The arrival of ‘freedom day’ on 19 July enabled people to return to concerts, festivals, and ditch social distancing, but these rediscovered freedoms did not revive the economy. The ONS said this morning that growth was just 0.1 per cent in July, far lower than the consensus forecast. It was particularly disappointing given the growth seen in the locked-down months of June (one per cent) and May (0.6 per cent). The Pingdemic – and concerns about the Delta variant – cancelled out any animal spirits around reopening.
Nightclubs reopened and the entertainment sector was up nine per cent, but the end of stamp duty hit real estate. Capital Economics attributes the stagnation to rising Covid cases and the ongoing pain caused by labour shortages (more on that here). These are factors that are not obviously set to change in the coming months.
If anything, case numbers are likely to worsen in autumn and winter. The raft of measures Boris Johnson is reported to want at his disposal this winter to contain the virus – including a renewal of the emergency powers that would enable the government to reinstate lockdowns – won’t fill businesses with confidence. Meanwhile proposals to require vaccine passports jeopardise the return to normality for many customers and businesses. None of this bodes well for recovery.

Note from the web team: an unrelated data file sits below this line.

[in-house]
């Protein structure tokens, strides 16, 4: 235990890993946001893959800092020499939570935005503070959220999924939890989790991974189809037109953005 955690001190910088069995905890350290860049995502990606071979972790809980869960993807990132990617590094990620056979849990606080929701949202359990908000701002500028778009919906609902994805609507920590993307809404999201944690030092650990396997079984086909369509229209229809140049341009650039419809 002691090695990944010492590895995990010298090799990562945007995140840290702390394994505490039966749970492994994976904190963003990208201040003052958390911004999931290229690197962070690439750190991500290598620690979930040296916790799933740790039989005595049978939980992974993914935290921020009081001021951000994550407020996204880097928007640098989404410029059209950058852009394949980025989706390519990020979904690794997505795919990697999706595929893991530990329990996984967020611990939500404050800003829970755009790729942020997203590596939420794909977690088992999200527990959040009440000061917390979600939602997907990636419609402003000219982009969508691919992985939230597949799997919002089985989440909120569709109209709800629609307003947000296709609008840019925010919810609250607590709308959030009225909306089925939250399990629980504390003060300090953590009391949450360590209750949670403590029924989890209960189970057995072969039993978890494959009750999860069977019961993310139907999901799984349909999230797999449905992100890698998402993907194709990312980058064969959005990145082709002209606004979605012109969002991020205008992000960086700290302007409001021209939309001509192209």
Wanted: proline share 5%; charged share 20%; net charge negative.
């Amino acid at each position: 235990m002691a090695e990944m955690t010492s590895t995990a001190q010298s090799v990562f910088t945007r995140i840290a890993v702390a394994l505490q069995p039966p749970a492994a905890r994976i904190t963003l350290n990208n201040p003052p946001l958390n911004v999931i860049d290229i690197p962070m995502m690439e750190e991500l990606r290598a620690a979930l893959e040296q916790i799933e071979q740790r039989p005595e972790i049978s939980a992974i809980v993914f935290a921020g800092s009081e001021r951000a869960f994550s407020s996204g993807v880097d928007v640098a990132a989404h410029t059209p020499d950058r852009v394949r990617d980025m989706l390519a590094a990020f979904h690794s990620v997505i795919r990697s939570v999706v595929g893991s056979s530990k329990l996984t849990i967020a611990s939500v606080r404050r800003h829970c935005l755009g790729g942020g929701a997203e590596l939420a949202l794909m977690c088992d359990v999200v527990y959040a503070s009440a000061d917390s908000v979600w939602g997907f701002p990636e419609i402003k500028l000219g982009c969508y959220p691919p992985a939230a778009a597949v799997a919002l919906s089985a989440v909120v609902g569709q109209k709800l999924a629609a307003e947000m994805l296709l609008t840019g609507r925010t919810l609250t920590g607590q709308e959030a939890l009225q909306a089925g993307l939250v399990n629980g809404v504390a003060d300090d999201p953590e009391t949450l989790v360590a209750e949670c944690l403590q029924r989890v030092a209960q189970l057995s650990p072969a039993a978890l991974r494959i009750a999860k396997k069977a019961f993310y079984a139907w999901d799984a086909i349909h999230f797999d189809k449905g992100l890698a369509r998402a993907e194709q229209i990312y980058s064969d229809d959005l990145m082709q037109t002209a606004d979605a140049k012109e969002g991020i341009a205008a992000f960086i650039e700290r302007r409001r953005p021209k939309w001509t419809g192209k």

August’s GDP boost is going to need to be much stronger for the more bullish forecasts to pan out. There’s some hope here: with the vast majority of the public no longer required to self-isolate after coming into contact with the virus, economic activity may pick up further in the coming months.
But Chancellor Rishi Sunak’s comments today, that ‘our recovery is well underway thanks to the success of the vaccination rollout and the roadmap’, don’t quite fit with the GDP update. Nor do the government’s most recent announcements about tax hikes on both employers and employees inspire much confidence that pro-growth policies around around the corner.
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